Since mid-2014, diversity and divergence—applying to countries’ economic situations, policies and performance—have dominated global economic discussions. Differing economic performance in major advanced countries has led to divergent monetary policies.
Both the Bank of Japan and the European Central Bank have started significant expansions of their balance sheets, while the U.S. Federal Reserve has ended its bond-buying program and is expected to start raising rates. This has had many effects, in particular, contributing to a sharp depreciation of the Yen and the Euro against the U.S. dollar (see chart 1).
In this chart-based blog, we consider three key issues: the impact on the region of monetary policy divergence among major advanced economies, potential tensions this may pose, and possible policy responses.
Impact on the region
Recent actions by the Bank of Japan and European Central Bank would tend to create capital inflows into Asia (excluding Japan) and appreciation pressure, but prospective action by the Fed would tend to create the opposite.
- Most countries in the region have experienced capital outflows rather than inflows in recent months. The main exception is India, which has received substantial inflows.
- Most currencies in the region have appreciated in real effective exchange rate (REER) terms (i.e., against a weighted average of their trade partners’ currencies after adjusting for inflation), but depreciated against the U.S. dollar.
Chart 2 shows three groups:
- China/Hong Kong SAR/India/Indonesia/Philippines/Thailand―large REER appreciation and little depreciation versus the U.S. dollar. The increase for China (15%) has been particularly sharp, reflecting its link to the U.S. dollar, and follows on from a trend 5% annual appreciation for the last 10 years. (Indonesia’s REER appreciation is inflated by the recent reduction in fuel subsidies).
- Korea/Singapore―little REER change and some depreciation versus the U.S. dollar.
- Australia/New Zealand/Malaysia―large depreciation versus the U.S. dollar and, for Australia and Malaysia, significant REER depreciation.
Countries with external positions stronger than implied by fundamentals have, as one would expect, tended to see their REERs appreciate (e.g., China), and vice versa (e.g., Australia). However, Group 2 countries (Korea, Singapore) and Malaysia have seen little or no REER appreciation despite strong external positions and some Group 1 countries (Indonesia, India, Hong Kong SAR, Thailand) have seen significant REER appreciation despite having balanced, or indeed, weaker, external positions.
However, these REER movements should be seen in the context of other global developments since June (see charts 3 and 4). In particular, as a result of the sharp fall in the price of oil and most other commodities, many countries’ trade balances have risen. But others, especially Malaysia and Indonesia, but also Australia and New Zealand, have lost significant export revenue from lower commodity prices (helping explain why, for example, Malaysia’s currency has depreciated).
The fall in commodity prices together with REER appreciations across most economies, is also pushing down inflation (see chart 5). In many countries, inflation is now at very low levels (China, Korea, New Zealand), or even negative (Thailand, Singapore). Core inflation has tended to move less, but generally in the same direction.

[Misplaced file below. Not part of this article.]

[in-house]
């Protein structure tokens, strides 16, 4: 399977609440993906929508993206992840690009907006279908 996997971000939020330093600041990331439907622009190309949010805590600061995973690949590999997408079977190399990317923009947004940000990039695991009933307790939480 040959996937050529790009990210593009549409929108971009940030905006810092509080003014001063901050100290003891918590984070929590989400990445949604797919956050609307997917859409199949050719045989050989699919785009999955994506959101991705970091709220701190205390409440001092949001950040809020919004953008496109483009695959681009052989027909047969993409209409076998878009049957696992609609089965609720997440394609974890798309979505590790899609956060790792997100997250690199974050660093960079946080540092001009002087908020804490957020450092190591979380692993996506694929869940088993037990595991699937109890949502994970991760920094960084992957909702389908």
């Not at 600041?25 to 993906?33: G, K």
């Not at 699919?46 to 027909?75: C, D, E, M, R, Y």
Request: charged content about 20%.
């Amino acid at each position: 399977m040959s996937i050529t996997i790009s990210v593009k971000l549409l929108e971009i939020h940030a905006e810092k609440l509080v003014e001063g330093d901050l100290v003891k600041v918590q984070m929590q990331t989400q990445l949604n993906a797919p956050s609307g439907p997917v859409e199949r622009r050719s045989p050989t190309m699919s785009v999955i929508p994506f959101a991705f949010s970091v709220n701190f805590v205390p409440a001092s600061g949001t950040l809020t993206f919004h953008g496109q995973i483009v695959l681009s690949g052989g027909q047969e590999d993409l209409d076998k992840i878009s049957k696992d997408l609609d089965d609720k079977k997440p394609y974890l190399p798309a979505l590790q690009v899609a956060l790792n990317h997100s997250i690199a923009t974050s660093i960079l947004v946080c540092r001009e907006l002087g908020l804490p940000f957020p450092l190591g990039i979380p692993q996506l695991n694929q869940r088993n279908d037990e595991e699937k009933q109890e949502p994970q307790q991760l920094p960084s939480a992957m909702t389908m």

The potential tensions
The main tensions that may emerge from policy actions by advanced economies, especially in some of the largest economies, relate to weakening exports and financial instability.
- Weakening exports. We expect export volume growth to hold up across the region overall. However, stronger currencies could weaken external demand, which in turn could lower overall economic growth and exacerbate internal imbalances. Indeed, only for Australia and the Philippines do the recent REER movements go in the direction of reducing internal imbalances (as measured by the output gap— the difference between what an economy is capable of producing without sparking inflation and what it is actually producing). In contrast, output in Thailand, China, and Hong Kong SAR is projected to remain well below potential, which the strong REER appreciation will tend to exacerbate (see chart 6).
- Financial instability. Risks vary greatly across the region. For example, many corporates have borrowed in U.S. dollars (e.g., Indonesia), and the stronger U.S. dollar will make debt service more costly. India’s large capital inflows could lead to significant financial volatility in the event they reverse (as during the 2013 “taper tantrum”). Looking forward, if countries were to significantly loosen monetary policy to offset the contractionary impact of stronger currencies, this could foster excessive credit growth.
Need for flexible monetary policy response
Many countries have responded to these developments above by cutting interest rates (see chart 7). Several countries have also taken other measures, for example, India accumulated international reserves to strengthen buffers ahead of potential increased global financial volatility.
Going forward, especially if exchange rate and capital flow pressures continue, monetary policy should generally continue to respond flexibly, with macro-prudential policy the first line of defense for addressing financial stability concerns. The specific response should of course depend on individual country circumstances.
Filed under: Asia, Economic Crisis, Economic outlook, Economic research, Europe, Finance, Financial Crisis, Fiscal policy, growth, IMF, International Monetary Fund, Reform | Tagged: Australia, Bank of Japan, capital flows, China, European Central Bank, exchange rate, exports, Hong Kong SAR, India, Indonesia, Japan, Korea, macroprudential policy, Malaysia, monetary policy, New Zealand, Philippines, Singapore, Thailand, trade, U.S. Federal Reserve |